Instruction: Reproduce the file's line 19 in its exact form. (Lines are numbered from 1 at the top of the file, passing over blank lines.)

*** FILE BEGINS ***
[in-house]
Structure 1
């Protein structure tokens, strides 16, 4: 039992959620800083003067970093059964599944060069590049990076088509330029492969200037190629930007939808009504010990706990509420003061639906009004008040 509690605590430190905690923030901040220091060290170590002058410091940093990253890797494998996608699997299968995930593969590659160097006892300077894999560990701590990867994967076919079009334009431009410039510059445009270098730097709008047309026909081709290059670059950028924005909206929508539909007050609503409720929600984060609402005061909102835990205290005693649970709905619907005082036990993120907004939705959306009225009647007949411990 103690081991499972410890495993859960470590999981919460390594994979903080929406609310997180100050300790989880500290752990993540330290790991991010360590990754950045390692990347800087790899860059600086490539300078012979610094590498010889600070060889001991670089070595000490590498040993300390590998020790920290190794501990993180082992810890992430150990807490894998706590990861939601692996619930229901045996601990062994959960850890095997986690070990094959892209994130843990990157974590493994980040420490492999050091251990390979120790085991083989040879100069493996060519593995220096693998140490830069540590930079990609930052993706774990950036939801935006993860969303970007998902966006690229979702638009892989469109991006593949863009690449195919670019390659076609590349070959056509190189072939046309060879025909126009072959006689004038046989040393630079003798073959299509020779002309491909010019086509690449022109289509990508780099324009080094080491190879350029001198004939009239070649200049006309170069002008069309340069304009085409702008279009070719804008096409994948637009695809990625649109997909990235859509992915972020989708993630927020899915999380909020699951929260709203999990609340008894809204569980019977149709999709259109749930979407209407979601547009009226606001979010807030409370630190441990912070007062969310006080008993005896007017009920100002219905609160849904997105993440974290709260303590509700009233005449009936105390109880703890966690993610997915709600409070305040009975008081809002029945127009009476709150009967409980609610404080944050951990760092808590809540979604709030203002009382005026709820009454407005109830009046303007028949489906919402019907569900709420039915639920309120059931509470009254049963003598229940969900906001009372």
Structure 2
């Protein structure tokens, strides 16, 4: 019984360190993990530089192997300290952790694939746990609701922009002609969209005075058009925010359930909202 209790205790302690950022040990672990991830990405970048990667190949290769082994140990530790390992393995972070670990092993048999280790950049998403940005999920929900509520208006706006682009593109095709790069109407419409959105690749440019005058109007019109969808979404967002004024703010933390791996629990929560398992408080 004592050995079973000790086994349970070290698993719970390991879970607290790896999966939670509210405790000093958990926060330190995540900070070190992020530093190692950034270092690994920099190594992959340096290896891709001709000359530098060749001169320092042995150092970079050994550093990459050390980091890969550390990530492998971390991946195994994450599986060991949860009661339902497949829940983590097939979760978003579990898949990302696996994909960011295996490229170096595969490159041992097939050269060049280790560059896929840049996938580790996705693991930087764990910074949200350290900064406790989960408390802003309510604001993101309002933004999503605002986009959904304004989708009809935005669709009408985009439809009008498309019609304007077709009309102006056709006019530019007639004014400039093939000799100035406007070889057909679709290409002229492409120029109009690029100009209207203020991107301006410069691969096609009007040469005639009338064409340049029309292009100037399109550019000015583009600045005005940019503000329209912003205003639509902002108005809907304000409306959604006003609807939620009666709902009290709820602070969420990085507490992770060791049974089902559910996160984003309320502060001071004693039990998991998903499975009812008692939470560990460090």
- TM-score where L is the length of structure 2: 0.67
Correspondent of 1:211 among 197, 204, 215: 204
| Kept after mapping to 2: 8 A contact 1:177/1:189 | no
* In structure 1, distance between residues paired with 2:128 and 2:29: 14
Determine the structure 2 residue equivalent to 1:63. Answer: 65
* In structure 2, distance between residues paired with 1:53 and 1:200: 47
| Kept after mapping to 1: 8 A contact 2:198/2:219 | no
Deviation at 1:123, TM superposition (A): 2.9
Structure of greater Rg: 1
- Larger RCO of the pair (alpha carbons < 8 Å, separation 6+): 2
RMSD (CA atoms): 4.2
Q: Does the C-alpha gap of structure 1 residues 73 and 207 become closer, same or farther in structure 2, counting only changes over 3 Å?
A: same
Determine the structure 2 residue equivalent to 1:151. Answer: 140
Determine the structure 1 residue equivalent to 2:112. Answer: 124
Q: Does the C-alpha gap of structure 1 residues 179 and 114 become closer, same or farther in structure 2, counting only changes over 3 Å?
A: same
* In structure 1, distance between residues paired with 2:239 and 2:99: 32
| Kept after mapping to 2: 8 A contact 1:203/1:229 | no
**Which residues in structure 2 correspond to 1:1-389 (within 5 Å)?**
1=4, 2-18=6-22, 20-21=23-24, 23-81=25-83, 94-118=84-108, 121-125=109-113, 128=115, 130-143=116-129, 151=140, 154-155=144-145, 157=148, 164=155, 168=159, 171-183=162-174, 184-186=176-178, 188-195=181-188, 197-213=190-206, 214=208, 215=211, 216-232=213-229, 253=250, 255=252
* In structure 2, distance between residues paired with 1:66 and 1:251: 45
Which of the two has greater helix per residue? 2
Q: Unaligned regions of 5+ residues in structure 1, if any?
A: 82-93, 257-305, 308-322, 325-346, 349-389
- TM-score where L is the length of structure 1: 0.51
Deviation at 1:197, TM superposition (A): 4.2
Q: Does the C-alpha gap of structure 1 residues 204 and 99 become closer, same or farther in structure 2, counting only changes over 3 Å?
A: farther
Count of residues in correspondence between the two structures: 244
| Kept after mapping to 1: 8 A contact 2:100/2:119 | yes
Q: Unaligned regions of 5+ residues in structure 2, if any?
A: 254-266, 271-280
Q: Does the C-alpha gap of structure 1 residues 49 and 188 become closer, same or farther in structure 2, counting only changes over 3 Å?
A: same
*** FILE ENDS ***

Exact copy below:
Determine the structure 2 residue equivalent to 1:151. Answer: 140